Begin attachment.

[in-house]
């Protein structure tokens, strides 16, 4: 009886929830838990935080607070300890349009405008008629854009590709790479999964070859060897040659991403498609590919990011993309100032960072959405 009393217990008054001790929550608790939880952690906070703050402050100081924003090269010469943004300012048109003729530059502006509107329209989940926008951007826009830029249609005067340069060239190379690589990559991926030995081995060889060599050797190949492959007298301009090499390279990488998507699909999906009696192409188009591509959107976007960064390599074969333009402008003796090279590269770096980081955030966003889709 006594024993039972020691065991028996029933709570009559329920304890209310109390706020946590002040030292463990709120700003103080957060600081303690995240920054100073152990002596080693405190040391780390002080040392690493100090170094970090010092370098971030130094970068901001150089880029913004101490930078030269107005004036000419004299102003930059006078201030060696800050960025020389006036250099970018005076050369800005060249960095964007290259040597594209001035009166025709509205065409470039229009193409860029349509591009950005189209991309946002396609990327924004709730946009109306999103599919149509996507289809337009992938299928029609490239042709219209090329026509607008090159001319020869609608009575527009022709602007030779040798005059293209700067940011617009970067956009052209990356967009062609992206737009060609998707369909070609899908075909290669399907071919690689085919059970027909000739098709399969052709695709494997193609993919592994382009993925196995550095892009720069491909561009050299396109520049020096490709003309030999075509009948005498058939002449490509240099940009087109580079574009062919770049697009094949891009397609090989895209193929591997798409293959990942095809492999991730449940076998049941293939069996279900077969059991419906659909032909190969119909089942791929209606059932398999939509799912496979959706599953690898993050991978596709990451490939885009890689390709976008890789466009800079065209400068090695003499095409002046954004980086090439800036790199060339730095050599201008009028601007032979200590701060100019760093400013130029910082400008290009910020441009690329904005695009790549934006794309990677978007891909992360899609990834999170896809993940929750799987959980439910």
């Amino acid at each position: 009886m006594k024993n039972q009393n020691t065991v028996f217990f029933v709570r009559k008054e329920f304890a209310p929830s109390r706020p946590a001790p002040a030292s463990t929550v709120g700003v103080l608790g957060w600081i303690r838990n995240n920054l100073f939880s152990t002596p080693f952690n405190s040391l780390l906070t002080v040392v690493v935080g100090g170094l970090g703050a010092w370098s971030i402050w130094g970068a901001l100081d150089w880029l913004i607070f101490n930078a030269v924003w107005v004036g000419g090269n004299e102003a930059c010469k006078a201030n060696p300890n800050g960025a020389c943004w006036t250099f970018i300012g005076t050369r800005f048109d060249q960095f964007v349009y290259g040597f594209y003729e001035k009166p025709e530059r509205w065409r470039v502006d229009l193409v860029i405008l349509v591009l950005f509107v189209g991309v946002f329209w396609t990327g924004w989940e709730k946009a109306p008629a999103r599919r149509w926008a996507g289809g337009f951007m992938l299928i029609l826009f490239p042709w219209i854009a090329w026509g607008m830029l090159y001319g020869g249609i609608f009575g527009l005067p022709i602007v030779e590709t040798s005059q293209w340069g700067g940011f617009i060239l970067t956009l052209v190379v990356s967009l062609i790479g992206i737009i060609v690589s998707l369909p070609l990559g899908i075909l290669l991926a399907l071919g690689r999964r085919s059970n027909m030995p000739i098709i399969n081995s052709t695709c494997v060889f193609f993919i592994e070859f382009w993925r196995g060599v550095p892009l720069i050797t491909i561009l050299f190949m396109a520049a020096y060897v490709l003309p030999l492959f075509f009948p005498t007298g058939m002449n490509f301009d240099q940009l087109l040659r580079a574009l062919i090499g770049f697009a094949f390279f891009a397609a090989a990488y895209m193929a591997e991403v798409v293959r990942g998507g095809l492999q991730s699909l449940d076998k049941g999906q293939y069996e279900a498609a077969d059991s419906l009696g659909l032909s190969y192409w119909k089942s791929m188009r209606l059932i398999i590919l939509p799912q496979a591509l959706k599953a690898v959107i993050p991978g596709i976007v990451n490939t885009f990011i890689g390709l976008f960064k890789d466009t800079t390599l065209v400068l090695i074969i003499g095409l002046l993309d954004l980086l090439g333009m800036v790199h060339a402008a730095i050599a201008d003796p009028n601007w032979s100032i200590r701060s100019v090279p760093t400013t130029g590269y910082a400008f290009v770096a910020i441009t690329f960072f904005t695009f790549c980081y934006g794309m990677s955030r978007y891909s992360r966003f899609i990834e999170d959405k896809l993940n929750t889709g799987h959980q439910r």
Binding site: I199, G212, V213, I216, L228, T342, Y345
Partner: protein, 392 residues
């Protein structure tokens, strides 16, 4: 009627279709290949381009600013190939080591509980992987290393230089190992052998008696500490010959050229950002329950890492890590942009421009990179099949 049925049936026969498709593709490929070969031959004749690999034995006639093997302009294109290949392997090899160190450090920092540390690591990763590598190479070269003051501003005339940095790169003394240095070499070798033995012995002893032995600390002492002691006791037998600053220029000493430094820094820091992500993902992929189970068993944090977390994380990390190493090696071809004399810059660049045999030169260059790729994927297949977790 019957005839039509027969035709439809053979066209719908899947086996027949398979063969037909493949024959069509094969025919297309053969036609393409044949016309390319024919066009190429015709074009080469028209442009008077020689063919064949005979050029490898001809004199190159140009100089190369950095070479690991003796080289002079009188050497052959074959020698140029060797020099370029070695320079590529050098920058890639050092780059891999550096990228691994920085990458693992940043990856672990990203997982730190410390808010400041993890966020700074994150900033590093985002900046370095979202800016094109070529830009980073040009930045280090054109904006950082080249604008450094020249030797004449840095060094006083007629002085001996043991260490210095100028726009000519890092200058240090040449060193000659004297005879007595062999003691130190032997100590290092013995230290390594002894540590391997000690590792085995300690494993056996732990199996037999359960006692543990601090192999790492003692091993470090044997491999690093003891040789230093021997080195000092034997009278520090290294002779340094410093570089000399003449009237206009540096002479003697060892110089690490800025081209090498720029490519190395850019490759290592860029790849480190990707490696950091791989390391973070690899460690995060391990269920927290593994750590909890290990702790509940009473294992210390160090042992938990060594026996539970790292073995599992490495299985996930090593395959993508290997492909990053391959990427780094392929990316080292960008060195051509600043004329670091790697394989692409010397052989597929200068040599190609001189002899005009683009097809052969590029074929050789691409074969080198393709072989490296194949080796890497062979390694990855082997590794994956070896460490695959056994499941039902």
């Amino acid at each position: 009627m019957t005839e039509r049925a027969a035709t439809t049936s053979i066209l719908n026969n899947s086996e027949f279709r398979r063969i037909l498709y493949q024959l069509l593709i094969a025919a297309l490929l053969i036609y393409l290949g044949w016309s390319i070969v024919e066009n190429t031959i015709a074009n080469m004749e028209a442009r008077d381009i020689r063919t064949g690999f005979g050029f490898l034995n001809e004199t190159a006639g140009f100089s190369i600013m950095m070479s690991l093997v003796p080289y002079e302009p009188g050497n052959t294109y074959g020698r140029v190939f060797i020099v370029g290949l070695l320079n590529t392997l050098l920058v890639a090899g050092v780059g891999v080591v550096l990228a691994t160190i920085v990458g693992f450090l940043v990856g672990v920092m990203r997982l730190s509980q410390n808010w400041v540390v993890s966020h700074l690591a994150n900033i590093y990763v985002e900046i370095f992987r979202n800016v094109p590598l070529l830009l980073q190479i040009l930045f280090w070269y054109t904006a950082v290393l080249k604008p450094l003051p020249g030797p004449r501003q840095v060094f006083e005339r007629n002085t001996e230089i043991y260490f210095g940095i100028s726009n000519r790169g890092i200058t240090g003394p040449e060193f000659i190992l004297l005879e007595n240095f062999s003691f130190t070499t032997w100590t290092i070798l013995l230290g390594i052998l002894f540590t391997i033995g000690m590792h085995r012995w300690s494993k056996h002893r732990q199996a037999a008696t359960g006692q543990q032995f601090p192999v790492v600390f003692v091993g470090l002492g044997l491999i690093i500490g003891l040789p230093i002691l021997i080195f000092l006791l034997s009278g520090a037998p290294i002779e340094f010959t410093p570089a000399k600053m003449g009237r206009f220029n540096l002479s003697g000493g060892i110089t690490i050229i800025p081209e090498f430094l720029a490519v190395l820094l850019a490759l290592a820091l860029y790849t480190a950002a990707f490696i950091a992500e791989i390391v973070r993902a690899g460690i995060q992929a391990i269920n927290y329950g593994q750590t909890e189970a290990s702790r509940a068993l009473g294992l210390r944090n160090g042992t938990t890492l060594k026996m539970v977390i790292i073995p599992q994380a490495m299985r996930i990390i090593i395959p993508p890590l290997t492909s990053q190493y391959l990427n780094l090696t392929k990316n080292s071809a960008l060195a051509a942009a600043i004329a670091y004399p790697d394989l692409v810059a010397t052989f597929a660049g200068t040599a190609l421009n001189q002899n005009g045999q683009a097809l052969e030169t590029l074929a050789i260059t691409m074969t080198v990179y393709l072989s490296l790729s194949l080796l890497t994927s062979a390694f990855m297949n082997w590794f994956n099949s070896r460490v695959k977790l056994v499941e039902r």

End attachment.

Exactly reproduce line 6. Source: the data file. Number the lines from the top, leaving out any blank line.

């Protein structure tokens, strides 16, 4: 009627279709290949381009600013190939080591509980992987290393230089190992052998008696500490010959050229950002329950890492890590942009421009990179099949 049925049936026969498709593709490929070969031959004749690999034995006639093997302009294109290949392997090899160190450090920092540390690591990763590598190479070269003051501003005339940095790169003394240095070499070798033995012995002893032995600390002492002691006791037998600053220029000493430094820094820091992500993902992929189970068993944090977390994380990390190493090696071809004399810059660049045999030169260059790729994927297949977790 019957005839039509027969035709439809053979066209719908899947086996027949398979063969037909493949024959069509094969025919297309053969036609393409044949016309390319024919066009190429015709074009080469028209442009008077020689063919064949005979050029490898001809004199190159140009100089190369950095070479690991003796080289002079009188050497052959074959020698140029060797020099370029070695320079590529050098920058890639050092780059891999550096990228691994920085990458693992940043990856672990990203997982730190410390808010400041993890966020700074994150900033590093985002900046370095979202800016094109070529830009980073040009930045280090054109904006950082080249604008450094020249030797004449840095060094006083007629002085001996043991260490210095100028726009000519890092200058240090040449060193000659004297005879007595062999003691130190032997100590290092013995230290390594002894540590391997000690590792085995300690494993056996732990199996037999359960006692543990601090192999790492003692091993470090044997491999690093003891040789230093021997080195000092034997009278520090290294002779340094410093570089000399003449009237206009540096002479003697060892110089690490800025081209090498720029490519190395850019490759290592860029790849480190990707490696950091791989390391973070690899460690995060391990269920927290593994750590909890290990702790509940009473294992210390160090042992938990060594026996539970790292073995599992490495299985996930090593395959993508290997492909990053391959990427780094392929990316080292960008060195051509600043004329670091790697394989692409010397052989597929200068040599190609001189002899005009683009097809052969590029074929050789691409074969080198393709072989490296194949080796890497062979390694990855082997590794994956070896460490695959056994499941039902």